Algae provide clues about 600 million years of plant evolution

Liquid samples of Mesotaenium endlicherianum in a laboratory flask, which are about to be combined with fresh medium under sterile conditions. © Janine Fürst-Jansen


A research team led by the University of Göttingen has published a study in Nature Plants that delves into the “plant terrestrialization”. In this study, the researchers compared genetic similarities between an alga and terrestrial plants, collected extensive datasets, and developed molecular networks.

The Earth’s surface is covered by plants. They make up the majority of biomass on land and exhibit a wide range of diversity, from mosses to trees. This astounding biodiversity came into existence due to a fateful evolutionary event that happened just once: plant terrestrialization. This describes the point where one group of algae, whose modern descendants can still be studied in the lab, evolved into plants and invaded land around the world. An international research team, led by the University of Göttingen and involving Dr Iker Irissarri, Head of Phylogenetics and Genomics at the Leibniz Institute for the Analysis of Biodiversity Change (LIB), has generated a comprehensive dataset of gene expression for a unicellular alga and derived molecular networks from it. In the process, they identified similarities between the alga Mesotaenium endlicherianum and terrestrial plants. The results have been published in the scientific journal Nature Plants.

Using a strain of Mesotaenium endlicherianum that has been kept safe in the Algal Culture Collection at Göttingen University (SAG) for over 25 years and the unique experimental set-up there, the researchers exposed Mesotaenium endlicherianum to a continuous range of different light intensities and temperatures. Janine Fürst-Jansen, researcher at the University of Göttingen, states: “Our study began by examining the limits of the alga’s resilience – to both light and temperature. We subjected it to a wide temperature range from 8 °C to 29 °C. We were intrigued when we observed the interplay between a broad temperature and light tolerance based on our in-depth physiological analysis.” How the algae respond was not only investigated on a morphological and physiological level, but also by reading the information of about 10 billion RNA snippets. The study used network analysis to investigate the shared behaviour of almost 20,000 genes simultaneously. In these shared patterns, “hub genes” that play a central role in coordinating gene expression in response to various environmental signals were identified. This approach not only offered valuable insights into how algal gene expression is regulated in response to different conditions but, combined with evolutionary analyses, how these mechanisms are common to both land plants and their algal relatives.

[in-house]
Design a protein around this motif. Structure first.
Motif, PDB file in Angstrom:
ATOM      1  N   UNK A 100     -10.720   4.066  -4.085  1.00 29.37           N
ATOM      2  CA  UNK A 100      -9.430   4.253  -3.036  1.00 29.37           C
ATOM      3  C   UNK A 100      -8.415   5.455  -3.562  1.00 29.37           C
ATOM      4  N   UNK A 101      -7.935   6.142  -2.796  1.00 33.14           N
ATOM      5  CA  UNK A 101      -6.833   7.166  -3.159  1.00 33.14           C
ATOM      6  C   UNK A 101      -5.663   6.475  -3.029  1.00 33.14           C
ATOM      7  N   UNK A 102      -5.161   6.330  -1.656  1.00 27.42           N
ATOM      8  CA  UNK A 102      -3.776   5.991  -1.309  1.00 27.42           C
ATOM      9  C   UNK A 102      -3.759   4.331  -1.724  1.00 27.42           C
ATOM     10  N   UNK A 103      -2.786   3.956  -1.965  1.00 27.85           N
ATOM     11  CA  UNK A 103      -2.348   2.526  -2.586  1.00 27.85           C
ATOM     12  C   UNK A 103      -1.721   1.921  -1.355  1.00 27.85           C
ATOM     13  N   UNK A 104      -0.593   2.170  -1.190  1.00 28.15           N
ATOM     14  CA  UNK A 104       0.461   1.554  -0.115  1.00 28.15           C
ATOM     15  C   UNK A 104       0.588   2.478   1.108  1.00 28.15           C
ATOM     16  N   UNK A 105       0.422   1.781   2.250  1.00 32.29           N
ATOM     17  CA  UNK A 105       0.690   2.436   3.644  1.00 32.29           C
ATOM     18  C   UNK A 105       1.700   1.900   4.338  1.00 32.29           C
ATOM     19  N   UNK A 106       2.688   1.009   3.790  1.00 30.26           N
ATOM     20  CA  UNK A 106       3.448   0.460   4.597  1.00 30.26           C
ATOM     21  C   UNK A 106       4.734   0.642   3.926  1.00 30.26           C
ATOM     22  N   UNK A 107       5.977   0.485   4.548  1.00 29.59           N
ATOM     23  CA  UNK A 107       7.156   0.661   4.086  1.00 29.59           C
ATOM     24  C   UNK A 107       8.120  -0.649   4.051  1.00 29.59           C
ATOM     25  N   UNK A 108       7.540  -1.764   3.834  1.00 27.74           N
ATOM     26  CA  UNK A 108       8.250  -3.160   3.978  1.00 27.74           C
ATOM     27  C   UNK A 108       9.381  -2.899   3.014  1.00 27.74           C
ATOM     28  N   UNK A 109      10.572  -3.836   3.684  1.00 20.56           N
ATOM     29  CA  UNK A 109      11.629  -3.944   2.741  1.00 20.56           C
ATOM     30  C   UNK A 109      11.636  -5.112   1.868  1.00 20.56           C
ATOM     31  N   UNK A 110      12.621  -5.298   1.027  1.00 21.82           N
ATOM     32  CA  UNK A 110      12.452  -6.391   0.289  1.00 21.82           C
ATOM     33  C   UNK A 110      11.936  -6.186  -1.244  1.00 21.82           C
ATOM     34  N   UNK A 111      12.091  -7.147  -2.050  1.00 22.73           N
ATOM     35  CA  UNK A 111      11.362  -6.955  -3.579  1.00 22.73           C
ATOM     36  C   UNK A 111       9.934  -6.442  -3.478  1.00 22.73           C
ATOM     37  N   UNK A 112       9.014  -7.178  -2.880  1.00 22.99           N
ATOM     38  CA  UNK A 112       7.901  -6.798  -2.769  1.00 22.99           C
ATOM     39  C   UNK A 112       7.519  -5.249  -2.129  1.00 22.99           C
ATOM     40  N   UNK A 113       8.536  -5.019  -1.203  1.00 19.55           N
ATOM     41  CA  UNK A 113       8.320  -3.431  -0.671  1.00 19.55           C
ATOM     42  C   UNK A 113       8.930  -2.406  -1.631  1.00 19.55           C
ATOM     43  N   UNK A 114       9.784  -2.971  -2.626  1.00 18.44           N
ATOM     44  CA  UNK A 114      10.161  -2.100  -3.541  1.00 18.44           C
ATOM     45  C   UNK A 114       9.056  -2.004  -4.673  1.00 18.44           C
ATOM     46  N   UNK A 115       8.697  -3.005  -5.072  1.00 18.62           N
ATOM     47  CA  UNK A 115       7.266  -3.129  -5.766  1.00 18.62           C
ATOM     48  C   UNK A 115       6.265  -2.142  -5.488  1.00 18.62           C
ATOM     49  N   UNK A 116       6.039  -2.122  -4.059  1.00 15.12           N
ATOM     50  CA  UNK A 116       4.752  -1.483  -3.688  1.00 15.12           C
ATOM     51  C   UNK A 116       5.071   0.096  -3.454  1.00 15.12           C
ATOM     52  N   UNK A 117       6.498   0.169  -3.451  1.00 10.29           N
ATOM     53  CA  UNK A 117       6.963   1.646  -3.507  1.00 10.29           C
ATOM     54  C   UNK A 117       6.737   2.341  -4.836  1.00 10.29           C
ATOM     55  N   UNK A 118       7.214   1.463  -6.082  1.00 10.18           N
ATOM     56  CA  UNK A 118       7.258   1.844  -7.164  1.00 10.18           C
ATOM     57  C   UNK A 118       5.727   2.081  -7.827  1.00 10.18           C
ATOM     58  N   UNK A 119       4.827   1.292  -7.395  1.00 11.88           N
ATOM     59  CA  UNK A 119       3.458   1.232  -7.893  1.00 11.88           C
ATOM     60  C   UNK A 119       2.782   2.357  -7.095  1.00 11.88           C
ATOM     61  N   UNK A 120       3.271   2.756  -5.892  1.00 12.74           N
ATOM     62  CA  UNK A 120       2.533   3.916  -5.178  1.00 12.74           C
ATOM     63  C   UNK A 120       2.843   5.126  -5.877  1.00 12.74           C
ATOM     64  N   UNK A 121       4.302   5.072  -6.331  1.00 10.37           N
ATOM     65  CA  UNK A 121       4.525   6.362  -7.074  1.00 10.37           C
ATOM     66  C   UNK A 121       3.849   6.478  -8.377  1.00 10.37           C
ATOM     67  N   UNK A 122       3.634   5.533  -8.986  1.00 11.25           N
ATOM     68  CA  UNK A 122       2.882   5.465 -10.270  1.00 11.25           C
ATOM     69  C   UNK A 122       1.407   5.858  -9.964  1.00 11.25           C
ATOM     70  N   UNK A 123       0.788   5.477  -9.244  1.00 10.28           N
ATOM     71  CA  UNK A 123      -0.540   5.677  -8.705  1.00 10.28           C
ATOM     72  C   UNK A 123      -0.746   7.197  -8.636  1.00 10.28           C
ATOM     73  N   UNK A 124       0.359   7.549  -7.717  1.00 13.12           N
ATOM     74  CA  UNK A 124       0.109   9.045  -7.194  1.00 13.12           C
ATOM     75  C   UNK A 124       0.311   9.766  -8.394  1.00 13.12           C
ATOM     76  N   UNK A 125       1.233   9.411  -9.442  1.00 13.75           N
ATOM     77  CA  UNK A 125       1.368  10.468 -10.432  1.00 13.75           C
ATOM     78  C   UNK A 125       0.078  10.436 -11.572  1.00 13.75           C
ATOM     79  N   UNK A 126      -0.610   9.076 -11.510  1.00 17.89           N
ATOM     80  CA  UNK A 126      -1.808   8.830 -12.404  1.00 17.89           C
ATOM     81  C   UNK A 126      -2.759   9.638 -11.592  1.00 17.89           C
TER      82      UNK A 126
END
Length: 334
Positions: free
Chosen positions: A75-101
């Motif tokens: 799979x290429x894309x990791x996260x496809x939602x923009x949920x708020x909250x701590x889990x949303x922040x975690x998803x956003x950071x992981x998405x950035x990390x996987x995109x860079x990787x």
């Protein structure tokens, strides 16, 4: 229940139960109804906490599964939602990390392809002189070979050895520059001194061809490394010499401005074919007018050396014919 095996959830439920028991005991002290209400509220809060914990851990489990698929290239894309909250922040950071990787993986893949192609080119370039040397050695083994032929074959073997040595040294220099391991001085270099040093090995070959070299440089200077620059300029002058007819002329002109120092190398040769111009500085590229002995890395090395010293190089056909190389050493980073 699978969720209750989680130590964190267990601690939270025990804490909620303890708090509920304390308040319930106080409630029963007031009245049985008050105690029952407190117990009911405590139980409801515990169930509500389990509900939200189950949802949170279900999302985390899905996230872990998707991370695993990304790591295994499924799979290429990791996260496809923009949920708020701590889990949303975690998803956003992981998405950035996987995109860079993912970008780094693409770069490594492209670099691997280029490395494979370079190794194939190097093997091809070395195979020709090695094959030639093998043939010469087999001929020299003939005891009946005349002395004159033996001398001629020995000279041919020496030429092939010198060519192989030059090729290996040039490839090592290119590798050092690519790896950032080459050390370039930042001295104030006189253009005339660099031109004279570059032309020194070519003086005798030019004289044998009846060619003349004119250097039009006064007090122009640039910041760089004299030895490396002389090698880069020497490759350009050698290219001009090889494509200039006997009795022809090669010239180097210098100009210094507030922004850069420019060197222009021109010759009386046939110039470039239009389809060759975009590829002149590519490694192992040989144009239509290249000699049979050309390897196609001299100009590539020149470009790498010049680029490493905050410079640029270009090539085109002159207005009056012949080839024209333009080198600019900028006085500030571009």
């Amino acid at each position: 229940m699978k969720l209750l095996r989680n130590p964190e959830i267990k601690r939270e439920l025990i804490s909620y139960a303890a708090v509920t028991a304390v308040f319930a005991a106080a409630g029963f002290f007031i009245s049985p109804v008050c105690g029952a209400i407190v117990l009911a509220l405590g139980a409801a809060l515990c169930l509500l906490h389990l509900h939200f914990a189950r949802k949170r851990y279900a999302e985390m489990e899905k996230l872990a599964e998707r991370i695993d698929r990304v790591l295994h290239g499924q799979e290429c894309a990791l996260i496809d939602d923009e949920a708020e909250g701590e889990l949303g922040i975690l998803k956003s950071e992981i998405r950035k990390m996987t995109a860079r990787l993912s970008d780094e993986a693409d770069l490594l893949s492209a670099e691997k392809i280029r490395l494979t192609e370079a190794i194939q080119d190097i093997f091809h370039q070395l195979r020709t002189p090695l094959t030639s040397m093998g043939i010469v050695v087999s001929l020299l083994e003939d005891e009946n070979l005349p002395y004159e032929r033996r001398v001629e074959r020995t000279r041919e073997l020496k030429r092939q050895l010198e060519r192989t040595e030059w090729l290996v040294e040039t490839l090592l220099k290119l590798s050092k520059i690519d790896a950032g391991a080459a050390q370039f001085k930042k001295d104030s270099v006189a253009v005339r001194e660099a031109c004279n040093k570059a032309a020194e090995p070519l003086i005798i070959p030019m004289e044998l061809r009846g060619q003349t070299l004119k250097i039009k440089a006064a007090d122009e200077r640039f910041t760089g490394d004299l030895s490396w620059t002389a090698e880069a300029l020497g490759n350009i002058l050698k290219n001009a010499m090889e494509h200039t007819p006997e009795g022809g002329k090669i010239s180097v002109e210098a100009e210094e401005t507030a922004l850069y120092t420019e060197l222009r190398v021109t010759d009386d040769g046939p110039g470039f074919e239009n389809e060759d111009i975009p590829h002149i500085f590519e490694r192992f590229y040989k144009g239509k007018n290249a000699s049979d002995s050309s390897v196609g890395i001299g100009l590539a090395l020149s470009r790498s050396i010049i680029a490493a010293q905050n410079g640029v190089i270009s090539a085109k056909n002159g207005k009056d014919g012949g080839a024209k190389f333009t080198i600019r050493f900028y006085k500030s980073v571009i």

Professor Jan de Vries, University of Göttingen, says: “What is so unique about the study is that our network analysis can point to entire toolboxes of genetic mechanisms that were not known to operate in these algae. And when we look at these genetic toolboxes, we find that they are shared across more than 600 million years of plant and algal evolution!” As Armin Dadras, PhD student at the University of Göttingen, explains: “Our analysis allows us to identify which genes collaborate in various plants and algae. It’s like discovering which musical notes consistently harmonize in different songs. This insight helps us uncover long-term evolutionary patterns and reveals how certain essential genetic ‘notes’ have remained consistent across a wide range of plant species, much like timeless melodies that resonate across different music genres.” Iker Irisarri, researcher at LIB emphasizes how this study “uses a powerful cocktail of evolutionary inference, bioinformatics, and big data that allow us to understand how algae and land plants function as individual organisms and how such functions evolved during millions of years.” He finishes saying that “evolutionary genomics is like a fascinating travel back in time, not with a time machine, but with the computer.”


Microscope image of one of the closest algal relatives of land plants, a single-celled alga called Mesotaenium endlicherianum (20 micrometres corresponds to 0.02 millimetres). © Tatyana Darienko


Original publication
Dadras A, Fürst-Jansen JMR et al. “Environmental gradients reveal stress hubs predating plant terrestrialization”, Nature Plants 2023 DOI:

Dr Iker Irisarri
Head of Phylogenetics/Phylogenomics
Centre for Molecular Biodiversity Research (zmb)
Tel.: +49 40 238317-716


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